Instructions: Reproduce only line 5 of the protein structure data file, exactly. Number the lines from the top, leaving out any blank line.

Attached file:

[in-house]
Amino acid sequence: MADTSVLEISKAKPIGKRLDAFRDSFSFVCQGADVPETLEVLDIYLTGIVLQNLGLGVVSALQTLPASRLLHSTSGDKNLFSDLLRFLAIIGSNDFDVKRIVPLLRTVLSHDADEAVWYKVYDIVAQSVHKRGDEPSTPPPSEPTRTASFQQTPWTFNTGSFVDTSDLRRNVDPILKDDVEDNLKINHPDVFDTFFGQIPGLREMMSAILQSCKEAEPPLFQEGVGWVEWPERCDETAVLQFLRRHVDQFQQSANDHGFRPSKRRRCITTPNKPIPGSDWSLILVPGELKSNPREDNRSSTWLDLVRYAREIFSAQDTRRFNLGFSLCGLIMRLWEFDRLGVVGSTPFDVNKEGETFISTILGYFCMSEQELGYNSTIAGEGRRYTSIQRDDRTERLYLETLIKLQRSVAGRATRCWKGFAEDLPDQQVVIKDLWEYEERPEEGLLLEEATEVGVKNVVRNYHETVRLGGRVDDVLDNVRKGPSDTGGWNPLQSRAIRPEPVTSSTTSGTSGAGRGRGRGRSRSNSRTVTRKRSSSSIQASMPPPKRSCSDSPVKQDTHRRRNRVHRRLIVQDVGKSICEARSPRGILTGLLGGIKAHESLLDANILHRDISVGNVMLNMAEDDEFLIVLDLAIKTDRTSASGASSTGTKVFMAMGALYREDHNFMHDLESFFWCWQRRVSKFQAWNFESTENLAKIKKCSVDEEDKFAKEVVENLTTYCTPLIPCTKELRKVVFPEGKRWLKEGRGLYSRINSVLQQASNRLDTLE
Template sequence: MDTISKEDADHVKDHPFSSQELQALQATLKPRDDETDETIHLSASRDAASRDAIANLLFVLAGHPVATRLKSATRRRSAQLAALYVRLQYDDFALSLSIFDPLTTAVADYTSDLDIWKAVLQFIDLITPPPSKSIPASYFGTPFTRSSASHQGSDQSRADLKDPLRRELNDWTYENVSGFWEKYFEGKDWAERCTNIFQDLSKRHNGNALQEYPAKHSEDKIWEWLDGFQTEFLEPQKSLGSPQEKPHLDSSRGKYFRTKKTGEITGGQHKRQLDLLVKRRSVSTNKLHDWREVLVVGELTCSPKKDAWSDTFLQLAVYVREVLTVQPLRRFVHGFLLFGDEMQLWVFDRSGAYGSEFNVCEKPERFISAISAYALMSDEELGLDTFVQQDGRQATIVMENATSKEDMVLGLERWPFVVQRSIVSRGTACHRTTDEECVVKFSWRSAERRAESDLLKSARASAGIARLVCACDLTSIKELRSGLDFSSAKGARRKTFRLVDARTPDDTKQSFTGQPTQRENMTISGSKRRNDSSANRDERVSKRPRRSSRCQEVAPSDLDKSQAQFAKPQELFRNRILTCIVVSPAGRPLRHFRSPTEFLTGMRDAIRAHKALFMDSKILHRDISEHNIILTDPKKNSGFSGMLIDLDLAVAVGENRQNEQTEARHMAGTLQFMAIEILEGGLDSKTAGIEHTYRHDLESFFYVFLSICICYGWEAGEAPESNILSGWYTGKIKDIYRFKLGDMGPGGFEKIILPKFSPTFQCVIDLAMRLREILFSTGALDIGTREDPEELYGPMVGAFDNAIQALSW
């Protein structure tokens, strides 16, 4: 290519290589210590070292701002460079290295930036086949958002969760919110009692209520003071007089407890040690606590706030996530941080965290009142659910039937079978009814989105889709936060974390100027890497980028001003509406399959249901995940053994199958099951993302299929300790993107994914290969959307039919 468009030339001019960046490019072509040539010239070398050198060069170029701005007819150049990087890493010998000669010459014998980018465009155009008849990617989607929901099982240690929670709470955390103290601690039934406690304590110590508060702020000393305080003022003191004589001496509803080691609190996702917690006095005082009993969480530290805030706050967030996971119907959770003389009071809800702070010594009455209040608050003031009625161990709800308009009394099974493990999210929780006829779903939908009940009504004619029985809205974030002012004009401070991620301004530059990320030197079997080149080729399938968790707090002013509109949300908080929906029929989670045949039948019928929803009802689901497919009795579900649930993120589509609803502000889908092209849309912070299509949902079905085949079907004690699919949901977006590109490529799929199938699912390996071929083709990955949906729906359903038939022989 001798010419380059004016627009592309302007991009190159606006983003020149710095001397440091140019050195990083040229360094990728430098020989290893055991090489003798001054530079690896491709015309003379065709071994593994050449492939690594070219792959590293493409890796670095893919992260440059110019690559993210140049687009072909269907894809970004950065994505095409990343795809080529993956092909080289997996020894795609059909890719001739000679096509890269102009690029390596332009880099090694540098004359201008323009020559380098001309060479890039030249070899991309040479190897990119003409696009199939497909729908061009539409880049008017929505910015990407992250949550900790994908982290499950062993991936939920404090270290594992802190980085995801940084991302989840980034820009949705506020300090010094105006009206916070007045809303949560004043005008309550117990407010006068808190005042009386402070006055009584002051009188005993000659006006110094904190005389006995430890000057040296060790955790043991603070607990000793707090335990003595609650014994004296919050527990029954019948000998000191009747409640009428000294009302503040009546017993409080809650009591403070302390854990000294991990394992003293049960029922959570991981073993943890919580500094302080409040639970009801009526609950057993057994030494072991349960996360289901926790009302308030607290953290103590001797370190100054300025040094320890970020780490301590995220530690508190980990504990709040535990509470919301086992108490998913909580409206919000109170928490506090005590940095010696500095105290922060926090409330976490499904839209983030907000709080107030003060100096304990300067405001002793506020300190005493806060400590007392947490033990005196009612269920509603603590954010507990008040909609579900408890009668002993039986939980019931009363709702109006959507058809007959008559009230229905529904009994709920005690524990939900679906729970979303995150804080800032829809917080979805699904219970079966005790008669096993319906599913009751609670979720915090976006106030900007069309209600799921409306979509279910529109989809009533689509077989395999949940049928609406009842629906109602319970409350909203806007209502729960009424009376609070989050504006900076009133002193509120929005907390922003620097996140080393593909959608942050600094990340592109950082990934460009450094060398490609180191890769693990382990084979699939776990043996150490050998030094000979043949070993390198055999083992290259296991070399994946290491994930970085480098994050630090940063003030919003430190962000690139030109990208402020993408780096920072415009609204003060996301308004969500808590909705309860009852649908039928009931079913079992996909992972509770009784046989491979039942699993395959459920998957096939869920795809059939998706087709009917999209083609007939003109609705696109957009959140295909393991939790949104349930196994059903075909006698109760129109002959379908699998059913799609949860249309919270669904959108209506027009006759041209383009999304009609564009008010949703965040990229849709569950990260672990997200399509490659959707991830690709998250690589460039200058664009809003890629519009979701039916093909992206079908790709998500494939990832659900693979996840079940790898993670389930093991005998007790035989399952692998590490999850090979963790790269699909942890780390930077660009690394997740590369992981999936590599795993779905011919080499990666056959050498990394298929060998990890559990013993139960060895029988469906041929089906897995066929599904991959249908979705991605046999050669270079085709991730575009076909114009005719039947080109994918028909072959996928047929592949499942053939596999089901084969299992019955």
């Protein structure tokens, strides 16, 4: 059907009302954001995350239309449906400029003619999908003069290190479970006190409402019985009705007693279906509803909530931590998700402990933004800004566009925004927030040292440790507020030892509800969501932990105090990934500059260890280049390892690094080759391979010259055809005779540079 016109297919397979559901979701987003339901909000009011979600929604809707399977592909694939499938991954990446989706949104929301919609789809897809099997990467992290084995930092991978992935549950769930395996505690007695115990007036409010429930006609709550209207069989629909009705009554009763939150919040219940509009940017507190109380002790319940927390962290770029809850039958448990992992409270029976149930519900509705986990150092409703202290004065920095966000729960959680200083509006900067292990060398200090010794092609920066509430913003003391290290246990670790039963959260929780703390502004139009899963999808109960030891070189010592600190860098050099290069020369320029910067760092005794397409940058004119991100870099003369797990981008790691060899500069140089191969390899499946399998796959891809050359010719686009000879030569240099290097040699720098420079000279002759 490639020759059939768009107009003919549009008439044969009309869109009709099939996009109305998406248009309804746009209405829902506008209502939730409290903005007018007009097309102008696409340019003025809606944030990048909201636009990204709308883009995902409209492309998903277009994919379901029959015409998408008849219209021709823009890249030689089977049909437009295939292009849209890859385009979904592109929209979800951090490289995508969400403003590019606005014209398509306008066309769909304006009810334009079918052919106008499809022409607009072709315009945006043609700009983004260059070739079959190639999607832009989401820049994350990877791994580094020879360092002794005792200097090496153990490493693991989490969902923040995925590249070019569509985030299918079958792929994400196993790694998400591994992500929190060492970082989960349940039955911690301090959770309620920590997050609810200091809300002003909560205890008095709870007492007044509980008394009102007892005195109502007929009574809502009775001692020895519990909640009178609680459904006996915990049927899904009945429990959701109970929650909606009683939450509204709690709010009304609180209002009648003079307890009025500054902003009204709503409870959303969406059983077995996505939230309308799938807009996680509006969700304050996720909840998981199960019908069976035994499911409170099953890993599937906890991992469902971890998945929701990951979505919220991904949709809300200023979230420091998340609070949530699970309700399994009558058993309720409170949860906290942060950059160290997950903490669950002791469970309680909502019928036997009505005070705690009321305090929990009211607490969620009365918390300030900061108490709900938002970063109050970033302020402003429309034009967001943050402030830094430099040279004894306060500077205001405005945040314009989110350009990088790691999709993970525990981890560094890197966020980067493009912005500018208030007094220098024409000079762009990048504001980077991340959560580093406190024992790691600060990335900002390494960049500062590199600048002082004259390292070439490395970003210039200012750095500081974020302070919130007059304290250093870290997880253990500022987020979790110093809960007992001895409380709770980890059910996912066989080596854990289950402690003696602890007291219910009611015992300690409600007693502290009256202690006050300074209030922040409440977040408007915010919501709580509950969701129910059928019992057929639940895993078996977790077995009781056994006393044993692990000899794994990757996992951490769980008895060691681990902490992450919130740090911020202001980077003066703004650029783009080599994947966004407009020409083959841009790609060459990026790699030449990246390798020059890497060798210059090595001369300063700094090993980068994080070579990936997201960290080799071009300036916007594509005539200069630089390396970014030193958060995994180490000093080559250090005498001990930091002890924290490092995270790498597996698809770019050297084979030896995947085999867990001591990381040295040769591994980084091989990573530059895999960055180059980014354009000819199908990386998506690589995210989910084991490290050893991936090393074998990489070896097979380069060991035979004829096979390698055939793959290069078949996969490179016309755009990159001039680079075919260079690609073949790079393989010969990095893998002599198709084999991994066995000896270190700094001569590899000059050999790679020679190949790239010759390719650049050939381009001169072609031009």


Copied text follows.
């Protein structure tokens, strides 16, 4: 059907009302954001995350239309449906400029003619999908003069290190479970006190409402019985009705007693279906509803909530931590998700402990933004800004566009925004927030040292440790507020030892509800969501932990105090990934500059260890280049390892690094080759391979010259055809005779540079 016109297919397979559901979701987003339901909000009011979600929604809707399977592909694939499938991954990446989706949104929301919609789809897809099997990467992290084995930092991978992935549950769930395996505690007695115990007036409010429930006609709550209207069989629909009705009554009763939150919040219940509009940017507190109380002790319940927390962290770029809850039958448990992992409270029976149930519900509705986990150092409703202290004065920095966000729960959680200083509006900067292990060398200090010794092609920066509430913003003391290290246990670790039963959260929780703390502004139009899963999808109960030891070189010592600190860098050099290069020369320029910067760092005794397409940058004119991100870099003369797990981008790691060899500069140089191969390899499946399998796959891809050359010719686009000879030569240099290097040699720098420079000279002759 490639020759059939768009107009003919549009008439044969009309869109009709099939996009109305998406248009309804746009209405829902506008209502939730409290903005007018007009097309102008696409340019003025809606944030990048909201636009990204709308883009995902409209492309998903277009994919379901029959015409998408008849219209021709823009890249030689089977049909437009295939292009849209890859385009979904592109929209979800951090490289995508969400403003590019606005014209398509306008066309769909304006009810334009079918052919106008499809022409607009072709315009945006043609700009983004260059070739079959190639999607832009989401820049994350990877791994580094020879360092002794005792200097090496153990490493693991989490969902923040995925590249070019569509985030299918079958792929994400196993790694998400591994992500929190060492970082989960349940039955911690301090959770309620920590997050609810200091809300002003909560205890008095709870007492007044509980008394009102007892005195109502007929009574809502009775001692020895519990909640009178609680459904006996915990049927899904009945429990959701109970929650909606009683939450509204709690709010009304609180209002009648003079307890009025500054902003009204709503409870959303969406059983077995996505939230309308799938807009996680509006969700304050996720909840998981199960019908069976035994499911409170099953890993599937906890991992469902971890998945929701990951979505919220991904949709809300200023979230420091998340609070949530699970309700399994009558058993309720409170949860906290942060950059160290997950903490669950002791469970309680909502019928036997009505005070705690009321305090929990009211607490969620009365918390300030900061108490709900938002970063109050970033302020402003429309034009967001943050402030830094430099040279004894306060500077205001405005945040314009989110350009990088790691999709993970525990981890560094890197966020980067493009912005500018208030007094220098024409000079762009990048504001980077991340959560580093406190024992790691600060990335900002390494960049500062590199600048002082004259390292070439490395970003210039200012750095500081974020302070919130007059304290250093870290997880253990500022987020979790110093809960007992001895409380709770980890059910996912066989080596854990289950402690003696602890007291219910009611015992300690409600007693502290009256202690006050300074209030922040409440977040408007915010919501709580509950969701129910059928019992057929639940895993078996977790077995009781056994006393044993692990000899794994990757996992951490769980008895060691681990902490992450919130740090911020202001980077003066703004650029783009080599994947966004407009020409083959841009790609060459990026790699030449990246390798020059890497060798210059090595001369300063700094090993980068994080070579990936997201960290080799071009300036916007594509005539200069630089390396970014030193958060995994180490000093080559250090005498001990930091002890924290490092995270790498597996698809770019050297084979030896995947085999867990001591990381040295040769591994980084091989990573530059895999960055180059980014354009000819199908990386998506690589995210989910084991490290050893991936090393074998990489070896097979380069060991035979004829096979390698055939793959290069078949996969490179016309755009990159001039680079075919260079690609073949790079393989010969990095893998002599198709084999991994066995000896270190700094001569590899000059050999790679020679190949790239010759390719650049050939381009001169072609031009």